Musical flair on show as festival is opened

The Petersfield area schools string orchestra perform during the Portsmouth Music Festivals opening concert which was held at Admiral Lord Nelson School in Portsmouth.   'Picture: Ian Hargreaves  (110432-3)
The Petersfield area schools string orchestra perform during the Portsmouth Music Festivals opening concert which was held at Admiral Lord Nelson School in Portsmouth. 'Picture: Ian Hargreaves (110432-3)
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IT’S now an incredible 94 years since the inception of Portsmouth Music Festival.

And, judging by yesterday’s polished performances at Admiral Lord Nelson School, the musical flair in the city just keeps getting better.

More than 100 people turned out to enjoy the opening concert of the festival, which showcases the region’s finest musical talent, whether it be singing in a choir or playing the clarinet.

Over the coming weeks, more than 4,000 performers of all ages will be taking part in the festivities.

Councillor John Ireland, who heads children’s services at Portsmouth City Council, opened the event.

He said: ‘I think it’s great we have events like this to showcase the talent of both young and old.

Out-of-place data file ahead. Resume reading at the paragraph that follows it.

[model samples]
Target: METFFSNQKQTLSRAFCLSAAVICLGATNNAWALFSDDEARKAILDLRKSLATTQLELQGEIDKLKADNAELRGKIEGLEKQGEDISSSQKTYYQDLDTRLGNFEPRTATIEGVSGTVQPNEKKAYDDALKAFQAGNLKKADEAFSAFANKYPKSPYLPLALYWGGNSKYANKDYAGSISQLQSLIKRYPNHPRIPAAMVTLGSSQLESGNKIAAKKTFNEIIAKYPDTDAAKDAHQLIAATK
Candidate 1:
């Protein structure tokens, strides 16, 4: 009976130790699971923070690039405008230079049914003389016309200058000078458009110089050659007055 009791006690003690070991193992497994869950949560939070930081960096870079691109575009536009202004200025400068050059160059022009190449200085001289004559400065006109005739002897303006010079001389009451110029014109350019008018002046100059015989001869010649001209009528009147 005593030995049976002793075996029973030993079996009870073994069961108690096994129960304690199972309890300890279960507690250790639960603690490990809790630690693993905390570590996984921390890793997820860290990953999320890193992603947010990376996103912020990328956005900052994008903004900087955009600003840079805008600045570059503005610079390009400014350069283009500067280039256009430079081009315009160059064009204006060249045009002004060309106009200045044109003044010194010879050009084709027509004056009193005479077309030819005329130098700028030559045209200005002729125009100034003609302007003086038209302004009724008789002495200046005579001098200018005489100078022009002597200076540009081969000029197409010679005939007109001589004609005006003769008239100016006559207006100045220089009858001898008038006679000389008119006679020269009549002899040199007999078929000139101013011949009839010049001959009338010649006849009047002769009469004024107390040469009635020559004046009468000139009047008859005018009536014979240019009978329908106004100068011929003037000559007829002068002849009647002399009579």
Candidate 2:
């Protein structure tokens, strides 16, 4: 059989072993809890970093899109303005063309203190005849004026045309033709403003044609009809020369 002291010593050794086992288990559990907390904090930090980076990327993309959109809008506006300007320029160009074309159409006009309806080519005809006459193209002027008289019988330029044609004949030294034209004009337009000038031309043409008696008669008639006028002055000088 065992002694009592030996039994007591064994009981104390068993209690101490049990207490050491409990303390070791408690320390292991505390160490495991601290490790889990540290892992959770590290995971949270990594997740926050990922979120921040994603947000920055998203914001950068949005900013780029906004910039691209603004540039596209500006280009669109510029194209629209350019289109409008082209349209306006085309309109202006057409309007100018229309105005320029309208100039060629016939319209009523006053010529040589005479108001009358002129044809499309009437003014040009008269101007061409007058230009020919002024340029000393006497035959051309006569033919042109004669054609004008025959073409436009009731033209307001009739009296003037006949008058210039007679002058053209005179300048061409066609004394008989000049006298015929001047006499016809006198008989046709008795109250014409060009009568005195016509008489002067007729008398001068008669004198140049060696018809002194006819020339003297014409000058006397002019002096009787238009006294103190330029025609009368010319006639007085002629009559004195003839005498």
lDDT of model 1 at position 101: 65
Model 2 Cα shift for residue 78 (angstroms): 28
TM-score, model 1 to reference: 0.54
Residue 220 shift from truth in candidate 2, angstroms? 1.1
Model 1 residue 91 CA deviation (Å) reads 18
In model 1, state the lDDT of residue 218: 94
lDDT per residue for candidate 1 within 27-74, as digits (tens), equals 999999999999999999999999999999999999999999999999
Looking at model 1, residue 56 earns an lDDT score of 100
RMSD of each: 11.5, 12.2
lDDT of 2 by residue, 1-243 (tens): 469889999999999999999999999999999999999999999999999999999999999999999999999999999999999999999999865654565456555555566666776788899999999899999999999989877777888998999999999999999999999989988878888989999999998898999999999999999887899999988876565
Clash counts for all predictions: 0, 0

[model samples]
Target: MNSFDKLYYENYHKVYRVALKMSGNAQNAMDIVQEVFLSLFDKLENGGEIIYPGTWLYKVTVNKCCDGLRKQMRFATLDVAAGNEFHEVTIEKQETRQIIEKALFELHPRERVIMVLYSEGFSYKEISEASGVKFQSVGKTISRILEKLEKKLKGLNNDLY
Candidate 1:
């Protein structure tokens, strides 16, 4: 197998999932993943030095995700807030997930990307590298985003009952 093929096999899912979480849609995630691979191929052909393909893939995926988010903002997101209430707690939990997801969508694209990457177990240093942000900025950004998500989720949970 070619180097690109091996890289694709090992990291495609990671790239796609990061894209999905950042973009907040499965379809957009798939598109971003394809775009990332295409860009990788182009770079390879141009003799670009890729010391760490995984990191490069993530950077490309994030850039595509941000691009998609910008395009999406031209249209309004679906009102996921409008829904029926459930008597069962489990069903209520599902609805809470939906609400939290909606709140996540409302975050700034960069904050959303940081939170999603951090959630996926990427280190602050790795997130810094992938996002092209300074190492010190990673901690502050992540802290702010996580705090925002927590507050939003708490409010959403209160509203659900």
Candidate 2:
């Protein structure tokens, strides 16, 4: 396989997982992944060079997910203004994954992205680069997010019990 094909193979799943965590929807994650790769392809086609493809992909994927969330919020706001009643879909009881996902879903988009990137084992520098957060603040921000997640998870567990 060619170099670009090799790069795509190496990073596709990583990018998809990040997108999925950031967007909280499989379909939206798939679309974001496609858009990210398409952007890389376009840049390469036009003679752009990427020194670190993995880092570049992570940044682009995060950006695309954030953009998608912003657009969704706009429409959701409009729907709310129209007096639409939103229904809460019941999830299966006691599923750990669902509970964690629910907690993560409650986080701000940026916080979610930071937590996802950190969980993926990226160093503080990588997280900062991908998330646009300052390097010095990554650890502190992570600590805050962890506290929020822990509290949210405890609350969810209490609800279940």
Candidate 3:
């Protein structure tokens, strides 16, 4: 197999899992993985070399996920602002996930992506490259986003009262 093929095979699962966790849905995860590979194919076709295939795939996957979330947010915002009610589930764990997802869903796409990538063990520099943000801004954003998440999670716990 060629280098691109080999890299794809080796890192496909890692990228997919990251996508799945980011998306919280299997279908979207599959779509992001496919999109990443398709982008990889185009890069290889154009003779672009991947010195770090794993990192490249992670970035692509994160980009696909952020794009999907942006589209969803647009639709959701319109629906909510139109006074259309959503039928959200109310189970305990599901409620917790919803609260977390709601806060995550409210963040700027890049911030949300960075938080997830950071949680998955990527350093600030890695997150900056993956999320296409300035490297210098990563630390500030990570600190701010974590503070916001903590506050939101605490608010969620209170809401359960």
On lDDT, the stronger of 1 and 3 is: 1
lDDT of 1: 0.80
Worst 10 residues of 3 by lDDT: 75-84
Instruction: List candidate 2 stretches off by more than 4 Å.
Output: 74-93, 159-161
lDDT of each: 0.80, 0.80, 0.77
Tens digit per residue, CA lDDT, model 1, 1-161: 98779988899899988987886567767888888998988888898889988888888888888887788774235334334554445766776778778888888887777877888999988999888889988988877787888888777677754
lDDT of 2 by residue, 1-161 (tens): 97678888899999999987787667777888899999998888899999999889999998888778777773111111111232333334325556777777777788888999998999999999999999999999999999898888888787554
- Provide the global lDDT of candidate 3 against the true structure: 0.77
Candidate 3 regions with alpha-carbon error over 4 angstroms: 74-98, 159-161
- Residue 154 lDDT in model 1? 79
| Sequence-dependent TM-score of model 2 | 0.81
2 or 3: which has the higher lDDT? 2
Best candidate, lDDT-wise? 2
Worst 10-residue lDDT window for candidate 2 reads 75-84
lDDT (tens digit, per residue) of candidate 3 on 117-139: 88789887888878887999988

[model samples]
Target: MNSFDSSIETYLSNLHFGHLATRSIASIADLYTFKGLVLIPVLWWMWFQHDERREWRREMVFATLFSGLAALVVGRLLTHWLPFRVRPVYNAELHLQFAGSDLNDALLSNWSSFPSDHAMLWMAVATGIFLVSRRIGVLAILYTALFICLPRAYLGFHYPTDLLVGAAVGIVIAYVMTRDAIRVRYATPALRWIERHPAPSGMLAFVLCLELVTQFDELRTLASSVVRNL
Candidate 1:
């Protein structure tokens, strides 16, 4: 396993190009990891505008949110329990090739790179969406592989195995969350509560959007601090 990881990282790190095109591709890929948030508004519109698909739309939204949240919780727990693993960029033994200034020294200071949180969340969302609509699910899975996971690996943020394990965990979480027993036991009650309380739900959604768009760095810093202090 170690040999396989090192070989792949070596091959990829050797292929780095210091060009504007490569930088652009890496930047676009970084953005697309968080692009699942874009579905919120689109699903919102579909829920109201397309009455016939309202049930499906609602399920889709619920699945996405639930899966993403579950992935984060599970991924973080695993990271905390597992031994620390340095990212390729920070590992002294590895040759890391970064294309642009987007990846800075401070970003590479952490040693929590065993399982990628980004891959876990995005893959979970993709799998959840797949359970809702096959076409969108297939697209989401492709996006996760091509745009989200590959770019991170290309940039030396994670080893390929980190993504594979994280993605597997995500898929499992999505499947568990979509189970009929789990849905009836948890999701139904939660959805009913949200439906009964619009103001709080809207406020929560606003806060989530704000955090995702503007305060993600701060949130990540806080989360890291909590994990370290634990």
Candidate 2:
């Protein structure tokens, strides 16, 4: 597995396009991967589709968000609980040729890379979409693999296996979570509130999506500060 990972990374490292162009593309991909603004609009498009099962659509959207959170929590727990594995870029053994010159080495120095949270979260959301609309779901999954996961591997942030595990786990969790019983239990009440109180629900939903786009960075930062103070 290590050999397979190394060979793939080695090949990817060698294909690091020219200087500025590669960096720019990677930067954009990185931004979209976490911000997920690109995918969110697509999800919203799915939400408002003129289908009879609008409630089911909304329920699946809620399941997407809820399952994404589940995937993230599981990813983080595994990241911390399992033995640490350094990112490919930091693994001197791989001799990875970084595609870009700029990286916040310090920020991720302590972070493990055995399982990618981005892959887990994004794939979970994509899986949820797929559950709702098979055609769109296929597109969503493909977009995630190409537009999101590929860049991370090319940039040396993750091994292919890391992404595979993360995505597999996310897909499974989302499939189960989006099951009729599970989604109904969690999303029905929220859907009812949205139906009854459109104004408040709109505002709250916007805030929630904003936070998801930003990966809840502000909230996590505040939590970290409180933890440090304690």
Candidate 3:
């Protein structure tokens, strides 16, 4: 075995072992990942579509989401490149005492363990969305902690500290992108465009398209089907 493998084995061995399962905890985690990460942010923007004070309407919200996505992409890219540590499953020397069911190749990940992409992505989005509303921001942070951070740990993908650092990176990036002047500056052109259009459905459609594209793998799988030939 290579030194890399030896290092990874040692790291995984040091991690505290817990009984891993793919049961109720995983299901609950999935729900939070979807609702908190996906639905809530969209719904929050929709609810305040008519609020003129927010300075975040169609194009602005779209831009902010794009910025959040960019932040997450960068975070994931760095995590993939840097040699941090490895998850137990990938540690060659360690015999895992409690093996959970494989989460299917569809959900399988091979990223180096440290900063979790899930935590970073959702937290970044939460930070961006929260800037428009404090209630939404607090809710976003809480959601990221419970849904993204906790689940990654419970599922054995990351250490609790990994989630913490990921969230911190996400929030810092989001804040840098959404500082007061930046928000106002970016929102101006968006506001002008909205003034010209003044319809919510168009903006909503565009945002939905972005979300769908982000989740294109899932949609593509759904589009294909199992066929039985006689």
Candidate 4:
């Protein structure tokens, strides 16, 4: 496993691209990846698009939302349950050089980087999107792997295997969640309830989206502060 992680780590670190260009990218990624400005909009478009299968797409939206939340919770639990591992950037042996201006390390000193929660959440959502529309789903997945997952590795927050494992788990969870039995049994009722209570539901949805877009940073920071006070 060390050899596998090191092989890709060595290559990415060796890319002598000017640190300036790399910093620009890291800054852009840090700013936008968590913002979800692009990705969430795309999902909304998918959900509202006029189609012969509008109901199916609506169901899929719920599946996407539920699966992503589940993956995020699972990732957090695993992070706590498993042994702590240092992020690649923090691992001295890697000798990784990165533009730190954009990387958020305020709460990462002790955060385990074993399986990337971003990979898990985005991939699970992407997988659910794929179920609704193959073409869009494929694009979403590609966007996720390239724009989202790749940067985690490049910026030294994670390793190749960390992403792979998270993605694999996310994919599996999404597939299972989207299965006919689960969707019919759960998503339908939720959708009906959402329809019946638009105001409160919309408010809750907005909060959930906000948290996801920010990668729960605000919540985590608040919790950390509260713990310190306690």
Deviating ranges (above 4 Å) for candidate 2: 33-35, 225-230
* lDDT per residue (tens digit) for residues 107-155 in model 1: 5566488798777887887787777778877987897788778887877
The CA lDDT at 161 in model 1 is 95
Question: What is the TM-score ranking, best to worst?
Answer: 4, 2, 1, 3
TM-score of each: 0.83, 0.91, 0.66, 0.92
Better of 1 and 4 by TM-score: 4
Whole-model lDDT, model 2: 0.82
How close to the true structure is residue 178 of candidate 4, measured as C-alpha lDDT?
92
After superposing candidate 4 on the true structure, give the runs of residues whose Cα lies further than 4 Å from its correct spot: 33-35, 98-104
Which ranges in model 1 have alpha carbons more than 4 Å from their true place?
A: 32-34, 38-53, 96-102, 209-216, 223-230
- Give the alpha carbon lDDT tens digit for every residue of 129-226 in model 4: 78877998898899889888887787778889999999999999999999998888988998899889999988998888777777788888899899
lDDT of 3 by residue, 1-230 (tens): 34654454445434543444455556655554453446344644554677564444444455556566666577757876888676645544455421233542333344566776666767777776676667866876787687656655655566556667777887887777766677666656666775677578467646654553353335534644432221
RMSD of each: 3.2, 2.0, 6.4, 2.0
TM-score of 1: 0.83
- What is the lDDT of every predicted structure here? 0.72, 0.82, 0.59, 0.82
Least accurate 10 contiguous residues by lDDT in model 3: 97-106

‘We are in tough times. Music is an opportunity to inspire us, to lift our spirits and above all, unite us in a common purpose.’

The concert was opened with a stirring performance of Gustav Holst’s Jupiter by Petersfield Area Schools String Orchestra. Next up was Havant Clarinet and Saxophone Choir, with performances of I Got You (I Feel Good), by James Brown, and Some Skunk Funk, by Randy Brecker. After the interval, Park Community Choir sang their hearts out with a performance of Hallelujah. The concert was brought to a rousing conclusion with a performance from Blendworth Brass Band with their version of John Klein’s Cranberry Corners USA.

Carol Frogley, head of the festival’s piano section, said anyone could come to watch the concerts.

She said: ‘It’s a very prestigious festival and one of the largest in the country.

‘It’s good to see new participants coming in and it’s nice to see people coming back and seeing how much they have improved. Being able to perform is something some children can do even if they are not academic. It gives a great sense of achievement.’

The next big event will be the recorder and woodwind concert at Portsmouth High School Junior Department in Kent Road, Southsea, on February 19 and 20. The classical and traditional vocal concert for adults also takes place on February 18 and 19 in The Menuhin Room of Portsmouth’s Central Library.

For more information visit portsmouthmusicfestival.co.uk. The News will publish results throughout the festival.